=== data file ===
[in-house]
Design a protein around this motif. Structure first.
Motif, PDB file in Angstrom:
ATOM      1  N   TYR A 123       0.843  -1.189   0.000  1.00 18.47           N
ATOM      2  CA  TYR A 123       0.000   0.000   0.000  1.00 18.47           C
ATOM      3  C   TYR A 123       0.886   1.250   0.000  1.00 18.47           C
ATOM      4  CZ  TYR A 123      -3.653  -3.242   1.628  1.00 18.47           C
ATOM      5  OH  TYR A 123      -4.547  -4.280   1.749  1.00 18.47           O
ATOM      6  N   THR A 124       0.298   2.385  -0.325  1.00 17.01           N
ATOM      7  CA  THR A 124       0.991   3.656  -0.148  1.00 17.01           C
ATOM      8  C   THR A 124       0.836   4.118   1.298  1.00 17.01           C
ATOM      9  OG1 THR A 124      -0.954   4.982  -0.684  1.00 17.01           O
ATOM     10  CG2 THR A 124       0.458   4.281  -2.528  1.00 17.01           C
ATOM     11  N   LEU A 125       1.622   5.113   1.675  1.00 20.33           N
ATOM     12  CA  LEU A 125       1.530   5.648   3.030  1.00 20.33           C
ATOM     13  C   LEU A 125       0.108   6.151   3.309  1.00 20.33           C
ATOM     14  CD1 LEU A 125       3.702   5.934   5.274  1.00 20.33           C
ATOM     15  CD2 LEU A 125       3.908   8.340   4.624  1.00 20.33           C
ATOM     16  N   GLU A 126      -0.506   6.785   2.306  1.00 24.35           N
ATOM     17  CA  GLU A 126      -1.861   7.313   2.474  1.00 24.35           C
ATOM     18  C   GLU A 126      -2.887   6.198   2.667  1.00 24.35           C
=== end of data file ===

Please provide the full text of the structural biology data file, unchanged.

[in-house]
Design a protein around this motif. Structure first.
Motif, PDB file in Angstrom:
ATOM      1  N   TYR A 123       0.843  -1.189   0.000  1.00 18.47           N
ATOM      2  CA  TYR A 123       0.000   0.000   0.000  1.00 18.47           C
ATOM      3  C   TYR A 123       0.886   1.250   0.000  1.00 18.47           C
ATOM      4  CZ  TYR A 123      -3.653  -3.242   1.628  1.00 18.47           C
ATOM      5  OH  TYR A 123      -4.547  -4.280   1.749  1.00 18.47           O
ATOM      6  N   THR A 124       0.298   2.385  -0.325  1.00 17.01           N
ATOM      7  CA  THR A 124       0.991   3.656  -0.148  1.00 17.01           C
ATOM      8  C   THR A 124       0.836   4.118   1.298  1.00 17.01           C
ATOM      9  OG1 THR A 124      -0.954   4.982  -0.684  1.00 17.01           O
ATOM     10  CG2 THR A 124       0.458   4.281  -2.528  1.00 17.01           C
ATOM     11  N   LEU A 125       1.622   5.113   1.675  1.00 20.33           N
ATOM     12  CA  LEU A 125       1.530   5.648   3.030  1.00 20.33           C
ATOM     13  C   LEU A 125       0.108   6.151   3.309  1.00 20.33           C
ATOM     14  CD1 LEU A 125       3.702   5.934   5.274  1.00 20.33           C
ATOM     15  CD2 LEU A 125       3.908   8.340   4.624  1.00 20.33           C
ATOM     16  N   GLU A 126      -0.506   6.785   2.306  1.00 24.35           N
ATOM     17  CA  GLU A 126      -1.861   7.313   2.474  1.00 24.35           C
ATOM     18  C   GLU A 126      -2.887   6.198   2.667  1.00 24.35           C